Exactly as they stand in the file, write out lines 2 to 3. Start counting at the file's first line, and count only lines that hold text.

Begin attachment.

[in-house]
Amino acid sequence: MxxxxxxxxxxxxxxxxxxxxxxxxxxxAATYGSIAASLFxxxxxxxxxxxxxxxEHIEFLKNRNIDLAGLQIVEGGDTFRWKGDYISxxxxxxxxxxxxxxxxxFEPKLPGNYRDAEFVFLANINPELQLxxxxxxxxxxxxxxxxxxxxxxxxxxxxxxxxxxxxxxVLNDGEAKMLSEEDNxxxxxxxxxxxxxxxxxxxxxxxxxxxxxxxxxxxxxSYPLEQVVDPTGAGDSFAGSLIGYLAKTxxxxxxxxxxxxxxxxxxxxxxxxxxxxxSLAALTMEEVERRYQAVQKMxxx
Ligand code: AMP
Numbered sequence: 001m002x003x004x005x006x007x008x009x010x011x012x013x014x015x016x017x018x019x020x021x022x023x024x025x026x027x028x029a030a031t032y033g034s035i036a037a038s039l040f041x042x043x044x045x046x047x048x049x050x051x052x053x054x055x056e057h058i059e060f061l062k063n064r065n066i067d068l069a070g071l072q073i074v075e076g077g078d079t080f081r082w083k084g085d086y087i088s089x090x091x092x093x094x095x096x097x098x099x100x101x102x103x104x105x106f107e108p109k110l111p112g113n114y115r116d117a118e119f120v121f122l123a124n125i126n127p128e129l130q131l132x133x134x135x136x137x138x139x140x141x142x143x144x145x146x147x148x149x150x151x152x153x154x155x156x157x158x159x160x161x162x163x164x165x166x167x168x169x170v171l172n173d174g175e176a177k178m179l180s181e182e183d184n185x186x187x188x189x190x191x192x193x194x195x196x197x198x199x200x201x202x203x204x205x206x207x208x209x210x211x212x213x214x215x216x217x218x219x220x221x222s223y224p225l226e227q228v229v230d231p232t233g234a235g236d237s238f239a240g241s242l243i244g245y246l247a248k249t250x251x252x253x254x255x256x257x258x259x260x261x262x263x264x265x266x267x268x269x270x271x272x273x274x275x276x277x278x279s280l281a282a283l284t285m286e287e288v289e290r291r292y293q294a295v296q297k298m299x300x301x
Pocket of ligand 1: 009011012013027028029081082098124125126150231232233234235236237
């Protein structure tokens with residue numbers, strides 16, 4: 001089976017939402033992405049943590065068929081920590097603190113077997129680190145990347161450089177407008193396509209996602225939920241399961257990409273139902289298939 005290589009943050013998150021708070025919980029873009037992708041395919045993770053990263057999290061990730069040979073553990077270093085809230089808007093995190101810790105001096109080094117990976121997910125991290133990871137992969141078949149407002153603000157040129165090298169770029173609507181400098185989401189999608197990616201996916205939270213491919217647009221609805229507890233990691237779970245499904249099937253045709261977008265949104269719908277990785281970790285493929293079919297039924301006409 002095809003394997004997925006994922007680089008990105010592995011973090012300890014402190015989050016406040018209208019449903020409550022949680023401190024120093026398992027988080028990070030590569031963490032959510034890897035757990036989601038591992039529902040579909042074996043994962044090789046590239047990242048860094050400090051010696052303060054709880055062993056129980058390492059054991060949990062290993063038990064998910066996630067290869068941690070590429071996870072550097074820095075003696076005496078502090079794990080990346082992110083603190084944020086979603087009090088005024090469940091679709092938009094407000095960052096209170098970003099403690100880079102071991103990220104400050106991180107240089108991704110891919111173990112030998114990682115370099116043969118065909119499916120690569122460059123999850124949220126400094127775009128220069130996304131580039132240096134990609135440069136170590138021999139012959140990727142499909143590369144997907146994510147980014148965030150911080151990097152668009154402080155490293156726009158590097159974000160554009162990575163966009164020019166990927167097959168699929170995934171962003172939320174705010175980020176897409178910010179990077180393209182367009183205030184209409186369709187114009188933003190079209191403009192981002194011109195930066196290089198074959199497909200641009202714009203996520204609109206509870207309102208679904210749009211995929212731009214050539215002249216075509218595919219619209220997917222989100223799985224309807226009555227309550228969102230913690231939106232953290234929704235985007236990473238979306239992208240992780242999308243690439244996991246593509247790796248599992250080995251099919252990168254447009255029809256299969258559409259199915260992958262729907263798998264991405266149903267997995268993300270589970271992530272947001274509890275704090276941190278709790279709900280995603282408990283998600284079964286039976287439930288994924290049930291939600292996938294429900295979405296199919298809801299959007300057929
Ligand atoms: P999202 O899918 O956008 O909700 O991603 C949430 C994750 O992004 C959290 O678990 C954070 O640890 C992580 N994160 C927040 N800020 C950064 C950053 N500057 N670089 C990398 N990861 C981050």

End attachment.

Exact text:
Amino acid sequence: MxxxxxxxxxxxxxxxxxxxxxxxxxxxAATYGSIAASLFxxxxxxxxxxxxxxxEHIEFLKNRNIDLAGLQIVEGGDTFRWKGDYISxxxxxxxxxxxxxxxxxFEPKLPGNYRDAEFVFLANINPELQLxxxxxxxxxxxxxxxxxxxxxxxxxxxxxxxxxxxxxxVLNDGEAKMLSEEDNxxxxxxxxxxxxxxxxxxxxxxxxxxxxxxxxxxxxxSYPLEQVVDPTGAGDSFAGSLIGYLAKTxxxxxxxxxxxxxxxxxxxxxxxxxxxxxSLAALTMEEVERRYQAVQKMxxx
Ligand code: AMP